When in the course of human events, it becomes necessary for one people to dissolve the political bands which have connected them with another, and to assume among the powers of the earth, the separate and equal station to which the laws of nature and of nature’s god entitle them, a decent respect to the opinions of mankind requires that they should declare the causes which impel them to the separation. We hold these truths to be self-evident, that all men are created equal, that they are endowed by their Creator with certain unalienable Rights, that among these are Life, Liberty, and the pursuit of happiness. That to secure these rights, Governments are instituted among Men, deriving their just powers from the consent of the governed. That whenever any Form of Government becomes destructive of these ends, it is the Right of the People to alter or abolish it, and to institute new Government, having its foundation on such principles and organizing its powers in such form, as to them shall seem most likely to effect their Safety and Happiness. Prudence, indeed, will dictate that Governments long established should not be changed for light and transient causes; and accordingly all experience hath shown that mankind are more disposed to suffer, while evils are sufferable, than to right themselves by abolishing the forms to which they are accustomed. But when a long train of abuses and usurpations pursuing invariable the same Object evinces a design to reduce them under absolute Despotism, it is their right, it is their duty, to throw off such Government, and to provide new Guards for their Future security.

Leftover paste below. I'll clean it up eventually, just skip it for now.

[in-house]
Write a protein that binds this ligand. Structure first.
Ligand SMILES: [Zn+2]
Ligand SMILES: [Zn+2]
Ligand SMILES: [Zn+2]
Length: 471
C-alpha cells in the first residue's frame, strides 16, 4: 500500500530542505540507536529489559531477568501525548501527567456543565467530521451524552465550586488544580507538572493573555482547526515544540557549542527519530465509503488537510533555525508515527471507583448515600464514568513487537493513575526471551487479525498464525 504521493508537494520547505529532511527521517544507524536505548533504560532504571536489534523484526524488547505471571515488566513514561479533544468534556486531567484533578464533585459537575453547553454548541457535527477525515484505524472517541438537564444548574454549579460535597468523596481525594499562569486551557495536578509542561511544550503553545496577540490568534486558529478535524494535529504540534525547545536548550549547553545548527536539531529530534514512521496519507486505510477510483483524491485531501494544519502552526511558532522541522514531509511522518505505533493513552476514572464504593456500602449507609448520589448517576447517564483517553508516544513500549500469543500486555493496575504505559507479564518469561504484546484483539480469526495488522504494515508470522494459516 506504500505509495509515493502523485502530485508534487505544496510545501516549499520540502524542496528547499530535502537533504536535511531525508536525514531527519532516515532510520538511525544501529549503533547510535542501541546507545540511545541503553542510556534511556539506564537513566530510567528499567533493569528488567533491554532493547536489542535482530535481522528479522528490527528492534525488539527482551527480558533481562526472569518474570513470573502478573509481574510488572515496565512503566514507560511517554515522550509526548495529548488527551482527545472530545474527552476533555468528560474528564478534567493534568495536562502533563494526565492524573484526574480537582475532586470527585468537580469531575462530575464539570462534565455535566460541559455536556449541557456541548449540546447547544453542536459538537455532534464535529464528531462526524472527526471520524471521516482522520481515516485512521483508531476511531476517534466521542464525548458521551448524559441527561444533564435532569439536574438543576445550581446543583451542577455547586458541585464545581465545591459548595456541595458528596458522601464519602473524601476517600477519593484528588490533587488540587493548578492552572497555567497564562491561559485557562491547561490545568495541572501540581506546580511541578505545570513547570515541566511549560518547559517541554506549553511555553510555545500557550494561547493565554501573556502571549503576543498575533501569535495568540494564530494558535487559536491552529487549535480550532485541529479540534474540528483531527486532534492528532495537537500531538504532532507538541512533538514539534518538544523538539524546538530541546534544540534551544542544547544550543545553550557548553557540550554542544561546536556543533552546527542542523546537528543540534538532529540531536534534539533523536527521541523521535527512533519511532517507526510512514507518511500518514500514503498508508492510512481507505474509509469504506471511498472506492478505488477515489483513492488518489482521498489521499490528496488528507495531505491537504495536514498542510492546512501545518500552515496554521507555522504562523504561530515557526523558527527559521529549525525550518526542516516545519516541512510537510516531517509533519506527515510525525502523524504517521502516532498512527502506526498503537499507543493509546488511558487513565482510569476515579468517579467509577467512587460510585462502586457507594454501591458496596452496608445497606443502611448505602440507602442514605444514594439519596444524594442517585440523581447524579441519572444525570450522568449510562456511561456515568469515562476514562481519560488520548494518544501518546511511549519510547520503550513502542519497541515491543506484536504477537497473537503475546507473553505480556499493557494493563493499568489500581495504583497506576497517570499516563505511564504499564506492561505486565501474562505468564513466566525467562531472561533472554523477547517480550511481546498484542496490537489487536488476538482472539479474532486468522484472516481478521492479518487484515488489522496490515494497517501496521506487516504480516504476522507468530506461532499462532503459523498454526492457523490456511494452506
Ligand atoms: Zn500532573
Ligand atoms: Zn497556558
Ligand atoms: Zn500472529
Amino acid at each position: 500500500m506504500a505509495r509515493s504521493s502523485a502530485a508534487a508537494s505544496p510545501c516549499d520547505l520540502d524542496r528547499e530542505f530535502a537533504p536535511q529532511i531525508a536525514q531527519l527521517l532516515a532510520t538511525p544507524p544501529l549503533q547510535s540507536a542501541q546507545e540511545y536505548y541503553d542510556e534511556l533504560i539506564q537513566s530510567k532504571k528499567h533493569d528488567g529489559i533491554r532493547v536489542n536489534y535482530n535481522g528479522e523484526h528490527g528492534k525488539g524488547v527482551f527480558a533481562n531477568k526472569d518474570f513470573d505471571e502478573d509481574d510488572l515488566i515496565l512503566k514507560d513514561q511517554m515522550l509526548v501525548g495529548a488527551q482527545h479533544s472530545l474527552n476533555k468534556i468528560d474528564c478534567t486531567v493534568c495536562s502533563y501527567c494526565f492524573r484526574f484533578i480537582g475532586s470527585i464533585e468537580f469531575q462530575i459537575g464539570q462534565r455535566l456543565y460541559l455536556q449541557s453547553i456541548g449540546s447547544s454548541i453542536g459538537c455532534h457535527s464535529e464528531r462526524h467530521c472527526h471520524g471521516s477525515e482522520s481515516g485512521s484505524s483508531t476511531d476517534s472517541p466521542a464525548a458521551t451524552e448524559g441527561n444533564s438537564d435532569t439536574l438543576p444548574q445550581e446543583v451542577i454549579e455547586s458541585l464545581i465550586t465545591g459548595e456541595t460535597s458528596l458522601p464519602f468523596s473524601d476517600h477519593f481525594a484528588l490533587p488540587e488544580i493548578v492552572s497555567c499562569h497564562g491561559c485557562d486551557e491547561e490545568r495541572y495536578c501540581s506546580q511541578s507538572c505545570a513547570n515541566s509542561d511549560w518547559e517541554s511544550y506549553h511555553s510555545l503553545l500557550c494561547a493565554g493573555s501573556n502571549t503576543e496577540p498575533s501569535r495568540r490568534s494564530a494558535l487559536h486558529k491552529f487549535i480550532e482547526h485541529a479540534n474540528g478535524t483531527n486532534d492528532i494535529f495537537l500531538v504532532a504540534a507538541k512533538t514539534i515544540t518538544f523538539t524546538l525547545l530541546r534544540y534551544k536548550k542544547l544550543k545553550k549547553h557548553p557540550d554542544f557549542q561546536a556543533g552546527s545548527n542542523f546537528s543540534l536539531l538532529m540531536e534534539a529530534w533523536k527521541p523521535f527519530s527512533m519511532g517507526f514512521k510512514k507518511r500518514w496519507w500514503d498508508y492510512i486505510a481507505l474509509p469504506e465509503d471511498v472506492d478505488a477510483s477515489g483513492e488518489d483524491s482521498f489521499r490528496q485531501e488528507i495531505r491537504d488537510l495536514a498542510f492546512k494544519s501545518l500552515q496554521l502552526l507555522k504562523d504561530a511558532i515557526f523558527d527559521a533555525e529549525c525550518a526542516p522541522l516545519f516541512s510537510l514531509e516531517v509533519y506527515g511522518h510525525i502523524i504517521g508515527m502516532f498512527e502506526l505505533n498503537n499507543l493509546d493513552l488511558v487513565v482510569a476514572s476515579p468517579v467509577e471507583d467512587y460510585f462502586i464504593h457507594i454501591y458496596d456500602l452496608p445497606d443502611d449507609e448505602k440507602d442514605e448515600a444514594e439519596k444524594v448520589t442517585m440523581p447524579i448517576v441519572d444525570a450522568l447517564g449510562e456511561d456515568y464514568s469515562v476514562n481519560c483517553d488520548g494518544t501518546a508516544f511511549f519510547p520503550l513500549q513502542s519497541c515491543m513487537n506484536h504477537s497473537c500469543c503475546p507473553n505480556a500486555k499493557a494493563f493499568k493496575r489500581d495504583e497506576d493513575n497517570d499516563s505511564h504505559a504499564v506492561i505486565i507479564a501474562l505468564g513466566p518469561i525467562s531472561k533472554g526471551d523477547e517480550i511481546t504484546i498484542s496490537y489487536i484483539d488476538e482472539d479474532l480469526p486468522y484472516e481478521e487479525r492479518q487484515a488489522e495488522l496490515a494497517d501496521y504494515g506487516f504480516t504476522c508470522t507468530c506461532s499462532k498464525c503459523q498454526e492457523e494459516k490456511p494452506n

Now that you have read the full text above, you will find the same text in sections below. Write out your paraphrase of each section in the box provided. Then see our specimen answers by clicking on the thinker icon.


When in the course of human events, it becomes necessary for one people to dissolve the political bands which have connected them with another...



Paraphrase: